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Engineers regulation to be strengthened

Hon Dr Nick Smith

Minister for Building and Construction

4 September 2014 Media Statement

Engineers regulation to be strengthened

The regulation of engineers is to be strengthened to ensure they have the right knowledge, skills and competence to design safe buildings and to hold them more accountable for substandard work, Building and Construction Minister Dr Nick Smith announced today.

“We need to improve the occupational regulation of engineers involved in the design and construction of buildings and to increase the consequences for those found to be incompetent,” Dr Smith says.

The reforms build on the recommendations of the Royal Commission of Inquiry into the Canterbury earthquakes and involve significant changes to the Building Act and Chartered Professional Engineers of New Zealand Act.

“It will be a legal requirement that significant engineering structures like multi-storey buildings are designed and certified by an appropriately skilled Chartered Professional Engineer. This mandatory registration of professional engineers will cover structural, geotechnical and fire engineering. This will fix the anomaly that a person designing a simple residential home must be licensed but a complex multi-storey commercial building can technically be designed by anybody,” Dr Smith says.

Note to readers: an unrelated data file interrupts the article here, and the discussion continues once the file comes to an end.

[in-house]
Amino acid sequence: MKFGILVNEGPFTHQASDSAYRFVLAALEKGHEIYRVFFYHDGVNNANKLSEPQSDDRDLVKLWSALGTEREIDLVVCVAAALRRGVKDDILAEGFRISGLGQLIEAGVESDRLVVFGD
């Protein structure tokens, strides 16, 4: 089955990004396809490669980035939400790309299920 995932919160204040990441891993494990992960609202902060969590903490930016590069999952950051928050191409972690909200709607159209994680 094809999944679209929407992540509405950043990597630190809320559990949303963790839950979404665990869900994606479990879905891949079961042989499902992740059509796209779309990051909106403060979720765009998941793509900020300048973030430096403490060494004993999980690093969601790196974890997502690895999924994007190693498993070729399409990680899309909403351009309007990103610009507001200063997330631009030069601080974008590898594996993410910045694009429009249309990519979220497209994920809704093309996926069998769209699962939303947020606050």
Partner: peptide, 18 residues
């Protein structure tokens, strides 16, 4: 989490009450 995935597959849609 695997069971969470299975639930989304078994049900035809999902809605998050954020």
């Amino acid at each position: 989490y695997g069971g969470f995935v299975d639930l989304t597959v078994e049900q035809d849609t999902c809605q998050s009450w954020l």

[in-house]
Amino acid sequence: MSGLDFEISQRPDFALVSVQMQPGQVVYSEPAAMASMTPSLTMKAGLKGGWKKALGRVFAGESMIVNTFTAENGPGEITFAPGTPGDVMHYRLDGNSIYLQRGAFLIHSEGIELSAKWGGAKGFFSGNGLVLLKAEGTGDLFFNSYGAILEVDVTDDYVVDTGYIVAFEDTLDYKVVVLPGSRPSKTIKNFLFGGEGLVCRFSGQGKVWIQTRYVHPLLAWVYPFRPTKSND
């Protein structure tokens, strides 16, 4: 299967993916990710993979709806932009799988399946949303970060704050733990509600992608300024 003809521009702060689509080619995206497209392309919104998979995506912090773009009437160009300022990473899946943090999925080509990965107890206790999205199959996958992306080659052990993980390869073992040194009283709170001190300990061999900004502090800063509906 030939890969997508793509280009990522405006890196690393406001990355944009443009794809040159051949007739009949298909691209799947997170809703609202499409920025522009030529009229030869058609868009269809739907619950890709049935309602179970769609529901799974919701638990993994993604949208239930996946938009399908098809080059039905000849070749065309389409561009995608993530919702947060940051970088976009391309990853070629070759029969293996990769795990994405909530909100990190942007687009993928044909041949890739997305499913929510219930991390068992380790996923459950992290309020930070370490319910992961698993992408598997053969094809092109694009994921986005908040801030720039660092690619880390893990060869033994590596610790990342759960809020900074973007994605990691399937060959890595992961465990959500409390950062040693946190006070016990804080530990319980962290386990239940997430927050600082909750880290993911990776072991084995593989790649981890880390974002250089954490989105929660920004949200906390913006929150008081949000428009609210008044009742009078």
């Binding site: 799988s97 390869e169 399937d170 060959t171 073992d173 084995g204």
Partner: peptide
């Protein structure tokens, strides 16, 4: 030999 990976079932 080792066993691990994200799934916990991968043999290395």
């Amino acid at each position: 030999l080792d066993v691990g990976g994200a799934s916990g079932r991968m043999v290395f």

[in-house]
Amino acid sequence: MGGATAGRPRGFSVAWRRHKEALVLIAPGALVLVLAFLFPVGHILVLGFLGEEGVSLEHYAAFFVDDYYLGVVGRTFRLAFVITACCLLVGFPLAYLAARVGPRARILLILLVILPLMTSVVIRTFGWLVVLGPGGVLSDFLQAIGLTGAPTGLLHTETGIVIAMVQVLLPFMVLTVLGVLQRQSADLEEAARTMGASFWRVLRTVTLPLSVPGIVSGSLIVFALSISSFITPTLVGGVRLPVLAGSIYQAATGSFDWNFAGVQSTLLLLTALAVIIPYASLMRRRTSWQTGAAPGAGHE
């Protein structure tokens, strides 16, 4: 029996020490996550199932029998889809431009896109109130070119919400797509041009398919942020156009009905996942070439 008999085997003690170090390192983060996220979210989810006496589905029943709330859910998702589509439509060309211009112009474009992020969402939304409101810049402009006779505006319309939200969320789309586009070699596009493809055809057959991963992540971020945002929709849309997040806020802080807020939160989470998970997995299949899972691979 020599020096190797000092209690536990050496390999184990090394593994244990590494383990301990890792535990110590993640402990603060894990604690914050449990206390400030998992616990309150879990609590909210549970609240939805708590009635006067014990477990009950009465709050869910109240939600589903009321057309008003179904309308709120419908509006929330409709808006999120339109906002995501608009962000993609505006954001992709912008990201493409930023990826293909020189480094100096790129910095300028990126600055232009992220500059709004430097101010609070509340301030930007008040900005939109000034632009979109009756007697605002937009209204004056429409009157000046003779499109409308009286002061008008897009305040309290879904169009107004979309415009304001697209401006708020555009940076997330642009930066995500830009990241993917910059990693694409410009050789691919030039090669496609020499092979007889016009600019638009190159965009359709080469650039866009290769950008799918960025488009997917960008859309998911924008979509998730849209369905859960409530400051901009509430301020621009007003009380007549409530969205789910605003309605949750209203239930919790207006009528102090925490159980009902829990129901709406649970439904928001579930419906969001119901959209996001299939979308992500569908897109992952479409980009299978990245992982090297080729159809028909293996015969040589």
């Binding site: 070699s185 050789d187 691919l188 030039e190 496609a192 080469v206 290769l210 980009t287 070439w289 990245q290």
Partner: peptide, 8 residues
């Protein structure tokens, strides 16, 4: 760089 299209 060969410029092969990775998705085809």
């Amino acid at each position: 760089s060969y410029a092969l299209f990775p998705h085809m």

“We are going to tighten and improve the disciplinary processes for engineers. An engineer will not be able to resign to avoid scrutiny and accountability. The process for dealing with serious misconduct will be referred to an independent body at arm’s length from the engineers’ professional body IPENZ. We are also going to broaden the range of sanctions and penalties and increase the maximum professional fines from $5000 to $20,000.

“A new legal obligation will require engineers to notify building consent authorities of serious building code breaches. This will override any commercial or perceived obligations to clients and ensure public safety is paramount. We do not want a repeat of the CTV building where deficiencies were identified in 1990 but not reported to the appropriate authority.

“We are going to improve standards of engineering by putting more rigour into the competence standards for engineers. The registration authority will also be required to publish more detailed information about engineers’ areas of competence. There will also be new powers for the Minister to initiate performance audits.

“These proposals are part of the Government’s broader response to the Canterbury earthquakes. We have made significant increases in our investment in engineering training. We are systematically reviewing the buildings with potential non-ductile columns. We are progressing legislative reform around earthquake-prone buildings. We are confident this programme of reform will make New Zealand safer and more resilient for when the next earthquake strikes.

“We welcome public input on these proposals for reforming the regulation of engineers. Engineers have played an important role in New Zealand’s development over the past century, but as society becomes more sophisticated, we become more dependent on reliable, well-designed engineering systems. This work is about laying the foundation for improved competency and standards of engineering into the future,” Dr Smith concluded.

Consultation papers are available at www.dbh.govt.nz/occupational-regulation-of-engineers. Submissions close on 31 October.

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